Goodbye 2018!

 


I’m happy to say goodbye to 2018. It was a year of hard learned lessons. Some I suppose I should have learned a long ago and some I’ve struggled to accept despite all the evidence. In the end denial could only take me so far. Resistance is futile.

I have learned about pain so deep that it sunk into the marrow of my bones and settled into the fiber of my being. For me, grief is a solitary, isolating sorrow. A muted sense of melancholy that enveloped, cocooned, and finally consumed me this year. I couldn’t seem to shake it and finally succumbed to the pain, heartache and loss. In the end, that was my saving grace, acquiescence. The only way out was through the labyrinth of sorrow. I felt tired, weary, my spirit ragged and exhausted. Unexpectedly there was a stirring, a slight shift in the air. Which was slowly replaced with a thin veil of hope. A stripping away of the grief. Like a string of lights, each igniting the next light and so on until a path was finally illuminated. A way out.

Now it is time to unwrap myself from the silken tentacles of grief and begin to live fully again. So adieu, 2018. It was a rough and tumble ride. I’m grateful for the lessons along the way but sadness is heavy. It weighted me down and the only way back to the surface was to accept what could not be changed.  Life isn’t meant to be lived in the shallow end.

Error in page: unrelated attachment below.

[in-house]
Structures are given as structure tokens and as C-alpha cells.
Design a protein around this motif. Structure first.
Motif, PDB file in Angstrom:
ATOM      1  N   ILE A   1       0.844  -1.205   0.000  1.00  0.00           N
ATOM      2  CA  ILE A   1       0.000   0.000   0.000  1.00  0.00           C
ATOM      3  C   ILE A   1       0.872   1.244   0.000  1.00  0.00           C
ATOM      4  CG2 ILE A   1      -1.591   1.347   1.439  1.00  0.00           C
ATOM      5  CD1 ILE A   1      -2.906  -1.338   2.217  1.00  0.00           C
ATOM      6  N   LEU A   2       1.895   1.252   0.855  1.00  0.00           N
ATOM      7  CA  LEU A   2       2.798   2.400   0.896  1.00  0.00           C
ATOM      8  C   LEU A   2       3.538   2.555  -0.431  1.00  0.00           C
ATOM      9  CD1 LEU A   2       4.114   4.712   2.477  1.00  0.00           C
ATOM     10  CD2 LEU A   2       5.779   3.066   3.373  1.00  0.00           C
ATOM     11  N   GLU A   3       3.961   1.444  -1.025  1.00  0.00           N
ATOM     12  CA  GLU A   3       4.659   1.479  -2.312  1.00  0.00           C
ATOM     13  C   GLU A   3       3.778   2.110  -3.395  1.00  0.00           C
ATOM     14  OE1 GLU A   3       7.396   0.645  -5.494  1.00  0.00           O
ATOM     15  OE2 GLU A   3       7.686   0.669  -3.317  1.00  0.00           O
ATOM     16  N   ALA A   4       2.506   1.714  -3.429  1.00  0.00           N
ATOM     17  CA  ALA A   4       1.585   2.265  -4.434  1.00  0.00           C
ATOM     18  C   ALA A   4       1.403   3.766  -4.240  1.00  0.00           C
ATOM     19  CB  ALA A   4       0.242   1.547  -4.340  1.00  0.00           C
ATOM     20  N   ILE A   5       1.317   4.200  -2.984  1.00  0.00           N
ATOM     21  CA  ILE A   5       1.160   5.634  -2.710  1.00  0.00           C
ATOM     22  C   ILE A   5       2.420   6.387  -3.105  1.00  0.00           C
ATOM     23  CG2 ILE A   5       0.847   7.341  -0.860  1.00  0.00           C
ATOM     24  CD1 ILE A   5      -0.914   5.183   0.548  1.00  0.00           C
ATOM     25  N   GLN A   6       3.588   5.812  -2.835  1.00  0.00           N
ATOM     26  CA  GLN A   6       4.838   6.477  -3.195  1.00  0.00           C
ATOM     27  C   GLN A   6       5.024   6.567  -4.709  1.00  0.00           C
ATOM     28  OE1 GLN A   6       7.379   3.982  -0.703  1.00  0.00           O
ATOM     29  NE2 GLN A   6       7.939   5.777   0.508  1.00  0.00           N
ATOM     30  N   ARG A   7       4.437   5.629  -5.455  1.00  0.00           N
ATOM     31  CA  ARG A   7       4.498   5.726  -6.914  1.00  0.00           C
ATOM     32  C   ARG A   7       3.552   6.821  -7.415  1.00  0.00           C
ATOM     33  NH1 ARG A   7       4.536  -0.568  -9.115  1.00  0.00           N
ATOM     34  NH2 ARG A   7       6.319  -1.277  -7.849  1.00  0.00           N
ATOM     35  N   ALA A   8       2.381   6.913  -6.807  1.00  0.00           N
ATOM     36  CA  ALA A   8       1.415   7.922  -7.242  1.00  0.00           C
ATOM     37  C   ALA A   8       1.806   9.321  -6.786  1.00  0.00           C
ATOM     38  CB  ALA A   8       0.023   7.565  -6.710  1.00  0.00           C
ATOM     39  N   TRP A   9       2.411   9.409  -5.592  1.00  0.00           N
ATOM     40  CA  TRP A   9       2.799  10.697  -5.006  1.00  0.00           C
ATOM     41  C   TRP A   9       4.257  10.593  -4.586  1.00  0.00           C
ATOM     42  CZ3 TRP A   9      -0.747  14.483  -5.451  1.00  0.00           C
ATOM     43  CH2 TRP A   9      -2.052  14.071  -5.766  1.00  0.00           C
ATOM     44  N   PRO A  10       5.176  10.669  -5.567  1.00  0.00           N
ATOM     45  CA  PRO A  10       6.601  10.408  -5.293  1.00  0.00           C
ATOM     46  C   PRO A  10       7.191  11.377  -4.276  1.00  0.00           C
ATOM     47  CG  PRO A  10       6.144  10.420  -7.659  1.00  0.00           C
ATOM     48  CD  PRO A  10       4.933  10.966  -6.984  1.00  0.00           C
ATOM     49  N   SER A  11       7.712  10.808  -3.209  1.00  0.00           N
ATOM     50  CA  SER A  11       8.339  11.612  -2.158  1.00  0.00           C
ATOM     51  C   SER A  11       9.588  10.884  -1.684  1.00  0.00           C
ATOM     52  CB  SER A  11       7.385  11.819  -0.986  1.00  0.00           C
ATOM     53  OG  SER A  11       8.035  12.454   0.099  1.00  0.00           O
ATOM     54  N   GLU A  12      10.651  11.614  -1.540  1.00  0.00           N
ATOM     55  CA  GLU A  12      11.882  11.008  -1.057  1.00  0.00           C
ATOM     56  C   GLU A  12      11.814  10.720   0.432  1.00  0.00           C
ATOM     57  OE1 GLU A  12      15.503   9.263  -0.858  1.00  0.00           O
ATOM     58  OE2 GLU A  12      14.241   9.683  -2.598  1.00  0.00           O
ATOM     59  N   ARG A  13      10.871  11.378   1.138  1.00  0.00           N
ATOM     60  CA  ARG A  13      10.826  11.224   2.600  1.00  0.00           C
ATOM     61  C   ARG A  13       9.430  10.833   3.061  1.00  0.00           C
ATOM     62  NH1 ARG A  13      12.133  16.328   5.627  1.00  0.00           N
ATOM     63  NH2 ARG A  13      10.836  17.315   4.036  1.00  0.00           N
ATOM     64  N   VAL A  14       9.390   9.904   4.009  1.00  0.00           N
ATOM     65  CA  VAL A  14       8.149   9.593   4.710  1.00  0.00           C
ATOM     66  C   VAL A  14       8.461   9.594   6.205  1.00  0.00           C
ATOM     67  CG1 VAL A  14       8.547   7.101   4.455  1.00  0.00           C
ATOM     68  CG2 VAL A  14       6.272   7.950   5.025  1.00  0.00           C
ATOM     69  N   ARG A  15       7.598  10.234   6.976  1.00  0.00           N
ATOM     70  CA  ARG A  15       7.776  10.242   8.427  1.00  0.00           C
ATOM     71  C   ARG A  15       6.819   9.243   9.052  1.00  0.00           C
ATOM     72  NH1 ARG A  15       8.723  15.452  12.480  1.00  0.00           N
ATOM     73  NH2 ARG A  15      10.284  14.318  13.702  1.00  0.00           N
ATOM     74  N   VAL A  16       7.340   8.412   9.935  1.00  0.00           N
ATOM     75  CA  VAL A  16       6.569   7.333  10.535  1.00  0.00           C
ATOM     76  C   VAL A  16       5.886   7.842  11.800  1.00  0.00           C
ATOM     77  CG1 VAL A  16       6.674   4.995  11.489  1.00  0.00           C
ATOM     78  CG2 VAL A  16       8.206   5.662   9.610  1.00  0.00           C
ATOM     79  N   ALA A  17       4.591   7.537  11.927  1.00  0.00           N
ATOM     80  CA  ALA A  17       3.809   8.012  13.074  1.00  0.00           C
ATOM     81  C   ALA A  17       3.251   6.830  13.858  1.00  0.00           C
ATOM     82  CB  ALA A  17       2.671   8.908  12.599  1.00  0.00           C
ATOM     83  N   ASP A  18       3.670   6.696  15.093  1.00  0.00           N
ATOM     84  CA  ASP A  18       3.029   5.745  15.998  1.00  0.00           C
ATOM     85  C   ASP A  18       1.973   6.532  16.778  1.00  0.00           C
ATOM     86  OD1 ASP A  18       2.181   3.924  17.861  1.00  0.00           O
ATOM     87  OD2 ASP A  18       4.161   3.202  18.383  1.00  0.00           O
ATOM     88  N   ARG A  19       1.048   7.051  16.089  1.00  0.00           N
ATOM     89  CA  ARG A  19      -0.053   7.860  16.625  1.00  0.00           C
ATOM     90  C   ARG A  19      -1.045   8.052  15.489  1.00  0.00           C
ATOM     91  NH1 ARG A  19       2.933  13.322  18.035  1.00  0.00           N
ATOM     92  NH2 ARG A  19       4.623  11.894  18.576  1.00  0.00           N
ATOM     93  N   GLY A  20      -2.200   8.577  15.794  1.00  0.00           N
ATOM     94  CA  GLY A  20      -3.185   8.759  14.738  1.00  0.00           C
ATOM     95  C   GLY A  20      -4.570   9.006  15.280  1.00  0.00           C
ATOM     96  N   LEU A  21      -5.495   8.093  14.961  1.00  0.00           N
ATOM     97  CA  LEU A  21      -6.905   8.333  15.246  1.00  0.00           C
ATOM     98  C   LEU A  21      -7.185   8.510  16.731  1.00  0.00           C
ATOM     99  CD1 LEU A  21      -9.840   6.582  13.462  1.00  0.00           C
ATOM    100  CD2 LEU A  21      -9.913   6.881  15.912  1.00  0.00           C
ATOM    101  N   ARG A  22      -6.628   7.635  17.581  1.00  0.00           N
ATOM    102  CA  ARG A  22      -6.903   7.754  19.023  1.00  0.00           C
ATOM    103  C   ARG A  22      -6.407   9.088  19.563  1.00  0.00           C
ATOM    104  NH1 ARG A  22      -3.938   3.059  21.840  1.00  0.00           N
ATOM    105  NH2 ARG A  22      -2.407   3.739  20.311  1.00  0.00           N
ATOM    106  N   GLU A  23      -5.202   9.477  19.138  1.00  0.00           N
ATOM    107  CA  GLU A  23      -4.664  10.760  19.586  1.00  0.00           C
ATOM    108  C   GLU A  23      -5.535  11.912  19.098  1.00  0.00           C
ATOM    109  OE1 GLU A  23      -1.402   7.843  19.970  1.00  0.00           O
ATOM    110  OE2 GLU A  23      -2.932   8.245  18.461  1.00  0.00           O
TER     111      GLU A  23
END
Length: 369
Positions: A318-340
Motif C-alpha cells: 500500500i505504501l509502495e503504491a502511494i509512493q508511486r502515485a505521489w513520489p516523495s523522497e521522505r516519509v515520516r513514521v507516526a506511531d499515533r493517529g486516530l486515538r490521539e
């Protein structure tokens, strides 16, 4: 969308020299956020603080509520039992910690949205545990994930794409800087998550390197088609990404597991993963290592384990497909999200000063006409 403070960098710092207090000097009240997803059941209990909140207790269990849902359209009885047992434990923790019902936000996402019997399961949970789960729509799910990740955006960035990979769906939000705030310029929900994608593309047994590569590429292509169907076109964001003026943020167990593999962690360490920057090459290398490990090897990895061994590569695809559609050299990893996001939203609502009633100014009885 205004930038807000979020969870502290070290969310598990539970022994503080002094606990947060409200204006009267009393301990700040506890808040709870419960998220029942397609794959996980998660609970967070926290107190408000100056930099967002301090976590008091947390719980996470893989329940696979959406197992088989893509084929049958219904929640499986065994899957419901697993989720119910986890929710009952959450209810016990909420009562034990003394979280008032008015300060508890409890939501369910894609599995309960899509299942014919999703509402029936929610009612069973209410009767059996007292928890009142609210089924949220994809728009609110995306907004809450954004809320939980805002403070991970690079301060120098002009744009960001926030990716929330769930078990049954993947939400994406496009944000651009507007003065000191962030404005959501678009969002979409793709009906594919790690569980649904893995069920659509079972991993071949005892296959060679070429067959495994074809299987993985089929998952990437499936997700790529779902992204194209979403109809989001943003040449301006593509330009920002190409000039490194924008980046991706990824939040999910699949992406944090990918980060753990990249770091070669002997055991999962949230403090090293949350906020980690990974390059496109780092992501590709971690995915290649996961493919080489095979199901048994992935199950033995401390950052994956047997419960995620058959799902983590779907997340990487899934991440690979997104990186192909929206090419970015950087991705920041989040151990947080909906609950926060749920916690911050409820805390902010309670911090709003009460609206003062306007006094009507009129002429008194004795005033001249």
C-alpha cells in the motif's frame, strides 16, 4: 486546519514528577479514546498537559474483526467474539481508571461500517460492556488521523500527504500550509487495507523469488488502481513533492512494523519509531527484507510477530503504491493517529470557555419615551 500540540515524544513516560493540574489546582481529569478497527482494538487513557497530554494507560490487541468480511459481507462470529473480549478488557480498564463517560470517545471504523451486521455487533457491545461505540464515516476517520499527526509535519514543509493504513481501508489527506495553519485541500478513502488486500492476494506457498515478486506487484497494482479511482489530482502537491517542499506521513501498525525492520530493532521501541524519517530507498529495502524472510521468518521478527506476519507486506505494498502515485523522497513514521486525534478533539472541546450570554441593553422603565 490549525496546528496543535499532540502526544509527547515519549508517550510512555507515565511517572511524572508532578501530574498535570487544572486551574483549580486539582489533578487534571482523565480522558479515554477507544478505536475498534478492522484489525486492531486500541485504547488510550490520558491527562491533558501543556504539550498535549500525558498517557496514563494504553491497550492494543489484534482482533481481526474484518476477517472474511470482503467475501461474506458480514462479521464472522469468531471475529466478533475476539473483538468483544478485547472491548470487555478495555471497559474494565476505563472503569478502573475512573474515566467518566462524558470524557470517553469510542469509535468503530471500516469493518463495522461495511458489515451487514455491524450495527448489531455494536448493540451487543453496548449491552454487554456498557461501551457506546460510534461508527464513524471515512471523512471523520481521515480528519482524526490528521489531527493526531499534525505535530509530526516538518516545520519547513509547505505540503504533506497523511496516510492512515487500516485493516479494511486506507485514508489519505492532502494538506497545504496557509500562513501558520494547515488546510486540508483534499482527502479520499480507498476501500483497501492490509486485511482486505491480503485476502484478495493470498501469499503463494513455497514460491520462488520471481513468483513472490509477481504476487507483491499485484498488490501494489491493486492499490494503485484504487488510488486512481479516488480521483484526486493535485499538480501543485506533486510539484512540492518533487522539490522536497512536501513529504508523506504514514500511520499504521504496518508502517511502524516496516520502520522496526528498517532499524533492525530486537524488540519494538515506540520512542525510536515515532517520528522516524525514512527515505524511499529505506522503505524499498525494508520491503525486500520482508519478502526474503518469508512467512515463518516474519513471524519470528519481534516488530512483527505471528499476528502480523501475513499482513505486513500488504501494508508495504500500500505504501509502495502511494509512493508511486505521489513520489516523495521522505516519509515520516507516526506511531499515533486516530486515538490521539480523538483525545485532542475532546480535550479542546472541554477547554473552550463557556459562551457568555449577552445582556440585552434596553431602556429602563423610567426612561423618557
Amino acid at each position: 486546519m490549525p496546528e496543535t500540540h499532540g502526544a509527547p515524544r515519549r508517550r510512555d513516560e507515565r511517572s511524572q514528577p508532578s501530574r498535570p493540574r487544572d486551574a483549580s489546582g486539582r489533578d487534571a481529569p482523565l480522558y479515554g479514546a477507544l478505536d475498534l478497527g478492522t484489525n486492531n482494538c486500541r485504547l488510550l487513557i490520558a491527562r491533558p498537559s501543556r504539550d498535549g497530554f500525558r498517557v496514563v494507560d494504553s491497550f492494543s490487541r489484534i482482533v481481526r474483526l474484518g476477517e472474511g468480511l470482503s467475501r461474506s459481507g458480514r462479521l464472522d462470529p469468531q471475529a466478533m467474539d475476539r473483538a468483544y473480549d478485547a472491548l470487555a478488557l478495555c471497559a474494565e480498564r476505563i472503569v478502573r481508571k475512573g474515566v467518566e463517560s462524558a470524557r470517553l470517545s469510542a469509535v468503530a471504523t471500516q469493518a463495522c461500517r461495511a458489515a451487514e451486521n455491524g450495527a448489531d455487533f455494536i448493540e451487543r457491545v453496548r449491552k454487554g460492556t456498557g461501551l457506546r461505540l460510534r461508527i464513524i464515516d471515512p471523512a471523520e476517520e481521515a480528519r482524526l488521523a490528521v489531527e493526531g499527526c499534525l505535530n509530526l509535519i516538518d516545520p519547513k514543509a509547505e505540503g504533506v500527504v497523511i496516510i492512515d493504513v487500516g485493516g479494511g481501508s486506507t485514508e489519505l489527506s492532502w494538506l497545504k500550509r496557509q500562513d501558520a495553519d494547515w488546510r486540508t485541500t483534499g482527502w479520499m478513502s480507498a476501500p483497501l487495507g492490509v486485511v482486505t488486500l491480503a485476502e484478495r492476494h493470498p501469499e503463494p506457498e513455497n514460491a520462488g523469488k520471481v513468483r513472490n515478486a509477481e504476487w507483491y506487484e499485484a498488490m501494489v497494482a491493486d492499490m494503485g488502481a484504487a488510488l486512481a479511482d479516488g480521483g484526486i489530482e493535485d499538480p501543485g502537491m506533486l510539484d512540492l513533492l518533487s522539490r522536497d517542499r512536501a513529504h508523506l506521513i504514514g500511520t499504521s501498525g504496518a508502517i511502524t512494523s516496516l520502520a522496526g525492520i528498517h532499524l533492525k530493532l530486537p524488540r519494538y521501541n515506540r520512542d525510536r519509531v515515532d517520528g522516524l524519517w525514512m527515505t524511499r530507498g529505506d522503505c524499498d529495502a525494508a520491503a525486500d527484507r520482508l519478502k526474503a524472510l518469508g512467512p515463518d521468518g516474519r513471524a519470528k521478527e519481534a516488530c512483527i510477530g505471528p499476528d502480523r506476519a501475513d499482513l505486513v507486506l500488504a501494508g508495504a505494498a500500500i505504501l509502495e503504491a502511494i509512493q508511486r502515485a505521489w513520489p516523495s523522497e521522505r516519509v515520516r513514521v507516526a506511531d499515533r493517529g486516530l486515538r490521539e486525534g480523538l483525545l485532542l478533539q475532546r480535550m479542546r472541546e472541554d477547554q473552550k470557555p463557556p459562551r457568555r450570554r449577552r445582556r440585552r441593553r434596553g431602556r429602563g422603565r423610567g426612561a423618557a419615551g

Welcome 2019! The road was dark and deep but I have promises to keep. Pardon me, I think I see joy ahead.   

The Winds of Change…2018

Happy New Year to All! I’m more than happy to say goodbye to 2017. It was a difficult year of loss, political divisions, sorrow and change. 

Truthfully, I’m not much of a political pundit and usually after an election year I am eager to let go of political debates. This year was a wholly different animal. The politicians and their enormous egos, hubris, and selective memories have literally left me speechless. I keep wondering where are the adults? Whose responsibility is it to change the trajectory of our political discourse? As my sons and I grapple with the magnitude of our country’s growing pains, I am heartened to hear my children say they’re prepared to change the legacy that we have unfortunately burdened them with for the foreseeable future. I am extremely proud to have raised two teenage boys who are paying attention to what’s going on in the world and have their own ideas about how to solve our country’s looming credibility problems, our fiscal nightmares and our racially stoked divisions. To the future!